tedium

[ tee-dee-uhm ]
/ ˈti di əm /

noun

the quality or state of being wearisome; irksomeness; tediousness.

Origin of tedium

First recorded in 1655–65, tedium is from the Latin word taedium
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British Dictionary definitions for tedium

tedium

/ (ˈtiːdɪəm) /

noun

the state of being bored or the quality of being boring; monotony

Word Origin for tedium

C17: from Latin taedium, from taedēre to weary
Collins English Dictionary - Complete & Unabridged 2012 Digital Edition © William Collins Sons & Co. Ltd. 1979, 1986 © HarperCollins Publishers 1998, 2000, 2003, 2005, 2006, 2007, 2009, 2012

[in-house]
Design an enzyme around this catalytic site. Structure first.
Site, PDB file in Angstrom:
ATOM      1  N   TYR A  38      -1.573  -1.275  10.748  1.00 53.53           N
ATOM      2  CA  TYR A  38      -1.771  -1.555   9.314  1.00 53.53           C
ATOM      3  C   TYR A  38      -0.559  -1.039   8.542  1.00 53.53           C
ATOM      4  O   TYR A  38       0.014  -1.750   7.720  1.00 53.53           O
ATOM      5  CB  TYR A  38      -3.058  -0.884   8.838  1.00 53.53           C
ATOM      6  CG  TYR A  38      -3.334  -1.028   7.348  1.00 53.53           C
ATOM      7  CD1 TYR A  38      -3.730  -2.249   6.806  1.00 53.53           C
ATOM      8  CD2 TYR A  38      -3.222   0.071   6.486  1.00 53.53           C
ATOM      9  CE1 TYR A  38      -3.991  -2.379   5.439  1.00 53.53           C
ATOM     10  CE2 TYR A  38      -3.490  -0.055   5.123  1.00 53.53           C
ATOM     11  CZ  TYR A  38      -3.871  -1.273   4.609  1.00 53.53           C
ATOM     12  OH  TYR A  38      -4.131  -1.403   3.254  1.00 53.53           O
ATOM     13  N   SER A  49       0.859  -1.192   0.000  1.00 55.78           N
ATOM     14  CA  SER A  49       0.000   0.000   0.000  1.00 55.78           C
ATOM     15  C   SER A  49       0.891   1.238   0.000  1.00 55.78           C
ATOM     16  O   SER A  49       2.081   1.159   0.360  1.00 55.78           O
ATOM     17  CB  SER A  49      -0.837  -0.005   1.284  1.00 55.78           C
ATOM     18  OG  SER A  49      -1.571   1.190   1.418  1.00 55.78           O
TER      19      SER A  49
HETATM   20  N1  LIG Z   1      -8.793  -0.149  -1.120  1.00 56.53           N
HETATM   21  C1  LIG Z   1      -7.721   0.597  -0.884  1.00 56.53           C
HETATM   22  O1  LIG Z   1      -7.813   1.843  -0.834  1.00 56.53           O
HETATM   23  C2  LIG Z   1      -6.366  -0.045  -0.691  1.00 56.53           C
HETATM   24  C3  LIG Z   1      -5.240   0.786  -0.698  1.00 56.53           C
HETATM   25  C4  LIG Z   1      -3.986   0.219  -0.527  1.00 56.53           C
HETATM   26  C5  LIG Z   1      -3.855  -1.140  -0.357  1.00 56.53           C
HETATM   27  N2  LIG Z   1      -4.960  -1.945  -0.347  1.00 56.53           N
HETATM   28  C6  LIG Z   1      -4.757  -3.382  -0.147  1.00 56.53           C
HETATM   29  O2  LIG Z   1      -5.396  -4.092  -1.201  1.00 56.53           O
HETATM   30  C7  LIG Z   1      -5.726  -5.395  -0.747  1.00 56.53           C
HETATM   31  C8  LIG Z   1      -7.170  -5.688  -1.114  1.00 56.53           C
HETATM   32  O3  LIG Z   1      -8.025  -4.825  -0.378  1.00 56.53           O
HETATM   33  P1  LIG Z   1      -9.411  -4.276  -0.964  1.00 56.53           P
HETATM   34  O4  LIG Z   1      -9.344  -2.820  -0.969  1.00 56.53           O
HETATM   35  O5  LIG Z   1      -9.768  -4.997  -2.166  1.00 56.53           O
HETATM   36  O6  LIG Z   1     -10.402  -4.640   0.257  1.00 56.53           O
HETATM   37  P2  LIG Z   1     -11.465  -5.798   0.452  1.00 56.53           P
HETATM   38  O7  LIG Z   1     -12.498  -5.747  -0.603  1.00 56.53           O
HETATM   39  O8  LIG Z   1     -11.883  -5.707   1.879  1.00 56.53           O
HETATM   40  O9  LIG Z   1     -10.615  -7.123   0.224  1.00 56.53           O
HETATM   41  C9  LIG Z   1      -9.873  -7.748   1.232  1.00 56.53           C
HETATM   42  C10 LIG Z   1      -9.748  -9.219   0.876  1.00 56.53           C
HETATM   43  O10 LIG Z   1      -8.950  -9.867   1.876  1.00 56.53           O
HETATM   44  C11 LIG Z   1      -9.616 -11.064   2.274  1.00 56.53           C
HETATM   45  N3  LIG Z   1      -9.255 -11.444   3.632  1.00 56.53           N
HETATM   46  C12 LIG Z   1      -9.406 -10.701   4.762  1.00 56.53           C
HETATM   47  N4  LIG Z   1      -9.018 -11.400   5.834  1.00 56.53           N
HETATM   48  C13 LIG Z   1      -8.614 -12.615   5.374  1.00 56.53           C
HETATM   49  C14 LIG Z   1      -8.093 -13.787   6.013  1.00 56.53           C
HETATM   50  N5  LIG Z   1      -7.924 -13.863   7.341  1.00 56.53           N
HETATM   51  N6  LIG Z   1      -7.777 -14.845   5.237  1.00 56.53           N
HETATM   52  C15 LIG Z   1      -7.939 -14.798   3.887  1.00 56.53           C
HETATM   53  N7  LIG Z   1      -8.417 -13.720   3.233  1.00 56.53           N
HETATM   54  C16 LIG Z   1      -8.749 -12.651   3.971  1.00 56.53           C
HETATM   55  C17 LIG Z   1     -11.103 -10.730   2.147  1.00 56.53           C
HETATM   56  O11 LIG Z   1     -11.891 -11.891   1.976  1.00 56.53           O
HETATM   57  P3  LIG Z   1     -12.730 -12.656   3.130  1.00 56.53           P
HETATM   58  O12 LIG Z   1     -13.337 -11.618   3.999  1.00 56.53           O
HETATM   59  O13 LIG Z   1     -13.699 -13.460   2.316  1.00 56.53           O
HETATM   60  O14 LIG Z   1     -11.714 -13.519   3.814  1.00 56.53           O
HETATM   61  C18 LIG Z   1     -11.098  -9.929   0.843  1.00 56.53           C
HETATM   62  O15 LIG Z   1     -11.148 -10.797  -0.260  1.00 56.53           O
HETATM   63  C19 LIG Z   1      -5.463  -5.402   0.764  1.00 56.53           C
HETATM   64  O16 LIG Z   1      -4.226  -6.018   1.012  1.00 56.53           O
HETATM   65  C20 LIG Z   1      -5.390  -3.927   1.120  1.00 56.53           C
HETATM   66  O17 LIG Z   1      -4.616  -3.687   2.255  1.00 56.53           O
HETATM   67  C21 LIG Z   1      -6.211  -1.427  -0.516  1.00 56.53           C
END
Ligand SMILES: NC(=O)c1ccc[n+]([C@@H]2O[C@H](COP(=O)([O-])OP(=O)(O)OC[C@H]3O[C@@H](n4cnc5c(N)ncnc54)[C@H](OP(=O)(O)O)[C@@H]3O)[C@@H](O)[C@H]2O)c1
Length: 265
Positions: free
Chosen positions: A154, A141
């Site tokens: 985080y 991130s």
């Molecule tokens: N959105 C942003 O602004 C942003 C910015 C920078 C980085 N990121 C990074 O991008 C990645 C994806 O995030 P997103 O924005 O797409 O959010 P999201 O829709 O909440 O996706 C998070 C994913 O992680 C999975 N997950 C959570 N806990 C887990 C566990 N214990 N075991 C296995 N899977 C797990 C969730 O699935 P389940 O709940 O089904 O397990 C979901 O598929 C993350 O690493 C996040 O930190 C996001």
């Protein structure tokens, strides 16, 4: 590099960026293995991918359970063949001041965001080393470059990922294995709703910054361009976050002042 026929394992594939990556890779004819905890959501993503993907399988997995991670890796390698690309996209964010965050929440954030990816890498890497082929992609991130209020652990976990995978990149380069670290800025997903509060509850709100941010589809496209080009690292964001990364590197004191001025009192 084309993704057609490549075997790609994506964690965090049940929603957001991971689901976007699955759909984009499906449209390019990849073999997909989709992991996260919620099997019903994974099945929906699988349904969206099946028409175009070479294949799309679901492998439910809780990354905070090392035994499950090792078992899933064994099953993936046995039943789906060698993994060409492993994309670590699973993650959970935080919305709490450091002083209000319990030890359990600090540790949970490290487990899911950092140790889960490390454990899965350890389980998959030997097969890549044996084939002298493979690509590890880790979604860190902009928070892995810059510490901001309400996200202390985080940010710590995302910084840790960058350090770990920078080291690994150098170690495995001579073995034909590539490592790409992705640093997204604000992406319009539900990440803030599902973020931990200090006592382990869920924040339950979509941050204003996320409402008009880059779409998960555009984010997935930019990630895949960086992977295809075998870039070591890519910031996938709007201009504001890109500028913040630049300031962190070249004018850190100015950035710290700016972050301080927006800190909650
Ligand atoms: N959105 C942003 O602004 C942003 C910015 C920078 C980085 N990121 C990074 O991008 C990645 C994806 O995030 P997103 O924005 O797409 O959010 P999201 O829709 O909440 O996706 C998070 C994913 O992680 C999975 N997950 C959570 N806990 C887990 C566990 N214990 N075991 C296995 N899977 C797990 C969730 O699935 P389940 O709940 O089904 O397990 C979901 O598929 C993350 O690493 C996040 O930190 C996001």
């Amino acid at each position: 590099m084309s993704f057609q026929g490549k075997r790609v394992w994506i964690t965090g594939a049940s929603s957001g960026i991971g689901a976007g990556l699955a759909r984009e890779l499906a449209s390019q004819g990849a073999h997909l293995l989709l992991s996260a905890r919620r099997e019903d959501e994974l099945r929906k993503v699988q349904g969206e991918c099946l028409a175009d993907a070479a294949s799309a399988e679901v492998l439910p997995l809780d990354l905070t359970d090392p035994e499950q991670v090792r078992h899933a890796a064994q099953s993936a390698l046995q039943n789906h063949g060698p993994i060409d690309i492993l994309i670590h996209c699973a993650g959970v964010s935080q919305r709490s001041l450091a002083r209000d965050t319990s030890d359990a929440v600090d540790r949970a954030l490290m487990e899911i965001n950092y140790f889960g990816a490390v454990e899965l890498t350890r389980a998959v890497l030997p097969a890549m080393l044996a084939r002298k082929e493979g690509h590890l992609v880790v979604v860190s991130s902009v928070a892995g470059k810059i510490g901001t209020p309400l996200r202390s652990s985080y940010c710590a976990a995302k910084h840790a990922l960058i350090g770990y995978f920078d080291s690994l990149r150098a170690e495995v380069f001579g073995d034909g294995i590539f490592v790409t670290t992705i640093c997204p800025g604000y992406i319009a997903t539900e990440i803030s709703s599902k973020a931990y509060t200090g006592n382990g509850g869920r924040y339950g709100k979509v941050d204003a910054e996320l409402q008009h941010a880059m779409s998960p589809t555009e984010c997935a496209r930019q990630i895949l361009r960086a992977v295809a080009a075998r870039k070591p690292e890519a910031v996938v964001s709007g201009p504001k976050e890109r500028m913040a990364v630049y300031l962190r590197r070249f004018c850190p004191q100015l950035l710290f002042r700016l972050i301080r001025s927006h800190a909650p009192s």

Word Origin and History for tedium

tedium


n.

1660s, from Latin taedium "weariness, disgust," related to taedet "it is wearisome," and to taedere "to weary." Possible cognates are Old Church Slavonic tezo, Lithuanian tingiu "to be dull, be listless."

Online Etymology Dictionary, © 2010 Douglas Harper